Take time to review the survivor annuity options, the cost, eligibility requirements, and the necessity for your spouse to consent if you do not provide the full (maximum) survivor benefits for him or her.  Very Important – Your spouse will not be able to continue their enrollment in FEHB program after your death unless you elect to provide a survivor annuity for them before retirement.  This survivor annuity election is made on the retirement application.


Waive Retired Military Pay, if applicable.

If you are a military retiree who wants to waive your military retired pay, you should notify the Retired Pay Operations Center from your branch of service in writing at least 90 days, but no later than 60 days, before your planned retirement date. Remember to include a copy of your waiver letter with your application packet for retirement.


Notify Federal Long Term Care Insurance Program (FLTCIP) and/or Federal Employee Dental Vision Insurance Program (FEDVIP) of your upcoming retirement date.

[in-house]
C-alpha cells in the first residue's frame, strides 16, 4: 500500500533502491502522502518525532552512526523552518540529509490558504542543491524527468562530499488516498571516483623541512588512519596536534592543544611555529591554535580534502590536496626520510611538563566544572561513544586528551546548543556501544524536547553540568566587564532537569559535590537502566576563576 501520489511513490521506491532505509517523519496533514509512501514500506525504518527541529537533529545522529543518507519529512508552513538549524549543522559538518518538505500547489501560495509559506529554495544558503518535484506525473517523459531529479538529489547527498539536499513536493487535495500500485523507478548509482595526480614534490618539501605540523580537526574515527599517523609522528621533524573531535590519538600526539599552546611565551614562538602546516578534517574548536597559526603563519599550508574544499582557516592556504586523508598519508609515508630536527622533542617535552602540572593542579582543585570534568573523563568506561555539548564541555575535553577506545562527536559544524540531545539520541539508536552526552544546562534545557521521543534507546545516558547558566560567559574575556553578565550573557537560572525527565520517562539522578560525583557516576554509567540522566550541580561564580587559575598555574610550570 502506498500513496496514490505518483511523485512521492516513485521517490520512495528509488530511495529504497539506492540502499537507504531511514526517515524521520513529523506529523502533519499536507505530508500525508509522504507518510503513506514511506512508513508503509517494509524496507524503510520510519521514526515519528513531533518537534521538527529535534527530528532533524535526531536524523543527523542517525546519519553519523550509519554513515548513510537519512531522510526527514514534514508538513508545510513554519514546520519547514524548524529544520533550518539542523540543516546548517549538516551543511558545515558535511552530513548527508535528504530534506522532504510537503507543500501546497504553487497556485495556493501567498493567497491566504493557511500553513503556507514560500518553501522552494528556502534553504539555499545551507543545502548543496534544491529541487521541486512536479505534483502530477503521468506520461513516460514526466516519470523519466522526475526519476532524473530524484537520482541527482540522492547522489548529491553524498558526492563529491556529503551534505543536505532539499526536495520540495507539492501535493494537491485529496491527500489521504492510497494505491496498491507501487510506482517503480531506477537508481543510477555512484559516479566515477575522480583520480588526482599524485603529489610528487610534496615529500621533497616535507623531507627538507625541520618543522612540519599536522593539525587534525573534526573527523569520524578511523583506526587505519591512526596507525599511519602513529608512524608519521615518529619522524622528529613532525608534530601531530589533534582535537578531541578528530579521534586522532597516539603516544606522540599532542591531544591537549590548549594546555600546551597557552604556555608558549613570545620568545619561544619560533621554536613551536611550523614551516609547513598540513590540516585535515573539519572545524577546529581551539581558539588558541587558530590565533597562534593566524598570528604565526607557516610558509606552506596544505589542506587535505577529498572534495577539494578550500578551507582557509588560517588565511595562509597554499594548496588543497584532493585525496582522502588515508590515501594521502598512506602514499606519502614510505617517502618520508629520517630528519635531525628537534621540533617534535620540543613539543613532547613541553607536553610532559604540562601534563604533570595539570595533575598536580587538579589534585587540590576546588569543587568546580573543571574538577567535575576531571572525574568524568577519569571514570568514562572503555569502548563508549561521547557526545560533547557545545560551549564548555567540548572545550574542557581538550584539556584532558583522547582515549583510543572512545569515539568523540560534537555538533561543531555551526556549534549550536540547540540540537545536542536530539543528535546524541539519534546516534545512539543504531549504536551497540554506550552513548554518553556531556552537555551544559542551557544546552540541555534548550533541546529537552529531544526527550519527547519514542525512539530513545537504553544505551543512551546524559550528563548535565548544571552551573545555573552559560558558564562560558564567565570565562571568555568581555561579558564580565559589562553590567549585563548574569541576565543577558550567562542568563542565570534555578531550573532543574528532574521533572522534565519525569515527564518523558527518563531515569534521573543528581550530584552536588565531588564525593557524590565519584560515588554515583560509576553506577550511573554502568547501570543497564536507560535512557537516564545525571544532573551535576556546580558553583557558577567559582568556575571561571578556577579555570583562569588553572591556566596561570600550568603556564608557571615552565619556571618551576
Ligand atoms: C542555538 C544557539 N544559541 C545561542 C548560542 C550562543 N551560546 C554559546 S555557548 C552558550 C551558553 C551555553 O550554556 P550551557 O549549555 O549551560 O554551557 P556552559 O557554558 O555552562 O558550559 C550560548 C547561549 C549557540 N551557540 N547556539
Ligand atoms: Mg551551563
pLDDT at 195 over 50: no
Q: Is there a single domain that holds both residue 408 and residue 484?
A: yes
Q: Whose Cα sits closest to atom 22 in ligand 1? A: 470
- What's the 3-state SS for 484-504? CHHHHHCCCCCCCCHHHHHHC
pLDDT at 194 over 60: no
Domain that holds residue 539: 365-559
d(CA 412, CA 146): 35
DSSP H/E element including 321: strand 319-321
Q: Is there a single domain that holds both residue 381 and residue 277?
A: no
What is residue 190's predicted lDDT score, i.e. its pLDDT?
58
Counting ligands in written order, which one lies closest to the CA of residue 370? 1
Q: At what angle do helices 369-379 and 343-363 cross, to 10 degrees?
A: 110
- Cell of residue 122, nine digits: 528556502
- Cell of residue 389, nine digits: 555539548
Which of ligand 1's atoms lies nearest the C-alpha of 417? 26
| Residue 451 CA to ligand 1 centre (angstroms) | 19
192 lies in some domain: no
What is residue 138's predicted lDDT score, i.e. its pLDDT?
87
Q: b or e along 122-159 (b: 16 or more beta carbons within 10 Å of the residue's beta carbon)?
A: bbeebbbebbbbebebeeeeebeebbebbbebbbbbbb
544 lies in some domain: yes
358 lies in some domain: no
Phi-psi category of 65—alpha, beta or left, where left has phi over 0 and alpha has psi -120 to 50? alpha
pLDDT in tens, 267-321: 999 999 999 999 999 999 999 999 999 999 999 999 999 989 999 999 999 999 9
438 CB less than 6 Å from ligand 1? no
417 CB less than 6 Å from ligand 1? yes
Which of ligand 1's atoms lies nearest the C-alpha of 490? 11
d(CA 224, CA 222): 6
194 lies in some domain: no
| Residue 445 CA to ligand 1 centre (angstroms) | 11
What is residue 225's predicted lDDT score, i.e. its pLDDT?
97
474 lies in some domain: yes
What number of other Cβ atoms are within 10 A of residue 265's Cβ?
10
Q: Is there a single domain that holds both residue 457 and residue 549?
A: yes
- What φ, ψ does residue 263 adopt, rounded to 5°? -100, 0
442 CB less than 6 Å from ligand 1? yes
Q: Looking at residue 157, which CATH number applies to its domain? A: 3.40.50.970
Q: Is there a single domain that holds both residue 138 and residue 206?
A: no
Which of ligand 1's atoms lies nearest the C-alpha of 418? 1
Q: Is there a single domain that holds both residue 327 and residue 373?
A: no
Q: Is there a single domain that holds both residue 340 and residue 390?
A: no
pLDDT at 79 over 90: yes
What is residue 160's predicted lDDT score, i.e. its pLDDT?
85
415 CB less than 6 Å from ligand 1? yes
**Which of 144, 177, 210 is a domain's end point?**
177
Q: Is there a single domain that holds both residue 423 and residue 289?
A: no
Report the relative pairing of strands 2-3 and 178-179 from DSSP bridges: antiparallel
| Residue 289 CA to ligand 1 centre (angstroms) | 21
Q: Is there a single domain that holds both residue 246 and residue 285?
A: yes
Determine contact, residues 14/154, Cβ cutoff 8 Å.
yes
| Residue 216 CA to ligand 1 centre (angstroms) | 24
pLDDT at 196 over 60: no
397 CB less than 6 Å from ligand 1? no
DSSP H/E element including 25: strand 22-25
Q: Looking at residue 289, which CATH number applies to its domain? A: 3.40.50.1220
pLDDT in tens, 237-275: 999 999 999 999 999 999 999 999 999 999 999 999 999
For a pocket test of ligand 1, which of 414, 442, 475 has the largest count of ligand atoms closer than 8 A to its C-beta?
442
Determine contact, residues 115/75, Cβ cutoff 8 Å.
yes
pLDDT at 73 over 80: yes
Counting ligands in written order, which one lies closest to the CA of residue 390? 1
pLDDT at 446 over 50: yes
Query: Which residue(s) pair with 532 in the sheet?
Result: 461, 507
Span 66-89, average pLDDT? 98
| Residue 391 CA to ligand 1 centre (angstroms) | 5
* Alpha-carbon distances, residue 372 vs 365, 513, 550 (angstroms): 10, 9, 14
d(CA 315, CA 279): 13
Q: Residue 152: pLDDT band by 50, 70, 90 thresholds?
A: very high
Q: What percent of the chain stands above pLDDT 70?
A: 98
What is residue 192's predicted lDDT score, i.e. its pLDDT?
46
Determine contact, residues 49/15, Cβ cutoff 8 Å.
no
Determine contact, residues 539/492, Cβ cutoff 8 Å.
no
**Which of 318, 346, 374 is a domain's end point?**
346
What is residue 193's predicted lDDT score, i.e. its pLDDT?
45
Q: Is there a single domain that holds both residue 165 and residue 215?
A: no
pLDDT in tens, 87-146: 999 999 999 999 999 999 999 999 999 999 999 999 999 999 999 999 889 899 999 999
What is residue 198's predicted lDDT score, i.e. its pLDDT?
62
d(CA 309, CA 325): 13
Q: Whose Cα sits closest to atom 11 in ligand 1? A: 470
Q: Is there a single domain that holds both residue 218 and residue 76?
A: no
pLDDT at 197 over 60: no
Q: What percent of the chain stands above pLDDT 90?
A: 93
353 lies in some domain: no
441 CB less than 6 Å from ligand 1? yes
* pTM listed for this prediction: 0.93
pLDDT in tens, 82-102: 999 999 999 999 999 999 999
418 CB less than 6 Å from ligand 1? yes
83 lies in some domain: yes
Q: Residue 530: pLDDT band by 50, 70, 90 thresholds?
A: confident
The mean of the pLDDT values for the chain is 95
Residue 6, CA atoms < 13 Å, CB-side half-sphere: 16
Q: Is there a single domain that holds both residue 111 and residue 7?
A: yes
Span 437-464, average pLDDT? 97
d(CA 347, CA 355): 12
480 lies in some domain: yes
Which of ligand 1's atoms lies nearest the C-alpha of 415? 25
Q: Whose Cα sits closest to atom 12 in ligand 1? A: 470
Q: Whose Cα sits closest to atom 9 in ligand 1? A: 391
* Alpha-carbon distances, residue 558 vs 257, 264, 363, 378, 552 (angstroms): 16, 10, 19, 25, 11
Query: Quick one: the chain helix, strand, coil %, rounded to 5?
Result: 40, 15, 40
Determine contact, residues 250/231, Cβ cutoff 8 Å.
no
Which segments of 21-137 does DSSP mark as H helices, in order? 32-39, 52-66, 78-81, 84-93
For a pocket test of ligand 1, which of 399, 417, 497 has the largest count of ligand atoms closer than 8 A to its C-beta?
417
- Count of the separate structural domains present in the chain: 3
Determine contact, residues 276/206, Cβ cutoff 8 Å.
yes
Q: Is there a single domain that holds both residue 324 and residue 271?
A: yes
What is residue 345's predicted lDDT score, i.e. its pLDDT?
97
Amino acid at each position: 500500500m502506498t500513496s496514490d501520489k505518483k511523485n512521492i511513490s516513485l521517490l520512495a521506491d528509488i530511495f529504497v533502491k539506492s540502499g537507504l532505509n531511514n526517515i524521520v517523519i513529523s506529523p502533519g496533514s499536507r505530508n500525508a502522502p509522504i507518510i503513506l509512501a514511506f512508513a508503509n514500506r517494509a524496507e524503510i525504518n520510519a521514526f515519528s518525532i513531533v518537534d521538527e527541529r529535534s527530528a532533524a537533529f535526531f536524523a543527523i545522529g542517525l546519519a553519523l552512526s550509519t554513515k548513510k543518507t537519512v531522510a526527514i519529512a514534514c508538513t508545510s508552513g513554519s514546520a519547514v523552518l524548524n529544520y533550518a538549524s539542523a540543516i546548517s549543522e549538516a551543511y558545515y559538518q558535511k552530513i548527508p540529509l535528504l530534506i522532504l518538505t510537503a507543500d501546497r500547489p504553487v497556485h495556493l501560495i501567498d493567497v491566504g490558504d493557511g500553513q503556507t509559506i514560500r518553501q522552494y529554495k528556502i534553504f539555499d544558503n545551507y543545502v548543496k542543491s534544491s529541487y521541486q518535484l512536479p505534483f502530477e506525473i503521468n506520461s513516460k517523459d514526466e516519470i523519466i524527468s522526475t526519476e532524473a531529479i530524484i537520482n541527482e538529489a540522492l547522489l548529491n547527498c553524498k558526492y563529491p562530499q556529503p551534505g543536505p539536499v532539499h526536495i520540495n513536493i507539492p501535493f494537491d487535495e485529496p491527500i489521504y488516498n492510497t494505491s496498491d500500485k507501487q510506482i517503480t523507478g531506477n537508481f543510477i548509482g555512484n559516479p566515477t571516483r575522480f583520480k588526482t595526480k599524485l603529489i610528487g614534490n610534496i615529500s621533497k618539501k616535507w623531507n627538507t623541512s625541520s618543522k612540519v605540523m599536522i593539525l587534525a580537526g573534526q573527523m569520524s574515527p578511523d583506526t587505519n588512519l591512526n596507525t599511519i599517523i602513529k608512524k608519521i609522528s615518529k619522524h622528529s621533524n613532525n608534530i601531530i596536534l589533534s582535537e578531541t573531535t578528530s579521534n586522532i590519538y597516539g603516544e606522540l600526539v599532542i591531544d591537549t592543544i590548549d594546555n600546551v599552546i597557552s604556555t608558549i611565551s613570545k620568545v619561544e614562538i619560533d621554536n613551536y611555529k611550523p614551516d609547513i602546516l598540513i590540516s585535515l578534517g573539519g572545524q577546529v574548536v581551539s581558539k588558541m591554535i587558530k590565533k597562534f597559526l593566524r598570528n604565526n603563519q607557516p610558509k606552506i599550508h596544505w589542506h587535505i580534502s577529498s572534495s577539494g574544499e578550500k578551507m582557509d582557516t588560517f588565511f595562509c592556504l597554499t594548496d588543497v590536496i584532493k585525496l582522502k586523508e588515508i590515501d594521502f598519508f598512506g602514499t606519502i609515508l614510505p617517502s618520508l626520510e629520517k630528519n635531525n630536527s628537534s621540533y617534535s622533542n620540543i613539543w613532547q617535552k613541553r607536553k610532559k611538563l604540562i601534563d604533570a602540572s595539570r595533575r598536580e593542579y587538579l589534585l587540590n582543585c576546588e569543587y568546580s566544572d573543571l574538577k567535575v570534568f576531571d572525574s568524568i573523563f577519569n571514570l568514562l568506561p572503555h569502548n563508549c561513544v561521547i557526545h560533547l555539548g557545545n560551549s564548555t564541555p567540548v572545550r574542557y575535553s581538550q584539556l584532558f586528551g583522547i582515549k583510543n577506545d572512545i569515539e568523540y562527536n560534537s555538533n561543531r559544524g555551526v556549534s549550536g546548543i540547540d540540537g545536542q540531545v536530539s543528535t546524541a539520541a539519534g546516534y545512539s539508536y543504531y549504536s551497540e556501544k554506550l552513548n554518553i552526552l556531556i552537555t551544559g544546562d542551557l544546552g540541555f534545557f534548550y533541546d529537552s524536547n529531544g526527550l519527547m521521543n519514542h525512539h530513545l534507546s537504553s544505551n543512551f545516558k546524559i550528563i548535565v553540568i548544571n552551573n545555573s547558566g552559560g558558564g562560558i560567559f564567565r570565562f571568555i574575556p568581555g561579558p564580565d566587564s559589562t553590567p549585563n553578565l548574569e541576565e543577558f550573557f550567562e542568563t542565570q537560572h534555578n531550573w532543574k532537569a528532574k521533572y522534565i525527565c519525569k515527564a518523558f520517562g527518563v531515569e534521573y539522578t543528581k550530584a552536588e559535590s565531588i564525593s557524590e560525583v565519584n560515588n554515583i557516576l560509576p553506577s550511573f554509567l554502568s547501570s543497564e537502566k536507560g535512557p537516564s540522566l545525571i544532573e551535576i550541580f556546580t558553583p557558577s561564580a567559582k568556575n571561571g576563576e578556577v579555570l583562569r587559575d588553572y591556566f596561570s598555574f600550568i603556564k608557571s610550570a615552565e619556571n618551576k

If you are covered by Federal Long Term Care Insurance or Dental and/or Vision Insurance and have premiums deducted from your salary, call BENEFEDS now at 1-877-888-FEDS (1-877-888-3337), to advise them of your retirement date and to make alternative arrangements for paying your premiums, such as direct billing or deduction from your bank account. The Long Term Care and Dental and Vision premium deductions do not immediately transfer to the retirement system, and are not deducted from interim annuity payments; therefore, you must pay these premiums promptly to avoid loss of coverage.  Not to worry, after your annuity goes through final adjudication and you are no longer in interim status, your FLTCIP and FEDVIP premiums will be deducted from your monthly OPM annuity.


Your participation in the Federal Flexible Spending Account Program (FSAFEDS) the year you retire.

You will need to be strategic concerning your participation in the Federal Flexible Spending Account Program (FSAFEDS) in the year you retire.  The balances in your Health Care FSA (HCFSA), Limited Expense Health Care FSA (LEX HCFSA) and Dependent Care FSA (DCFSA) are treated differently if you separate or retire before the end of the calendar year.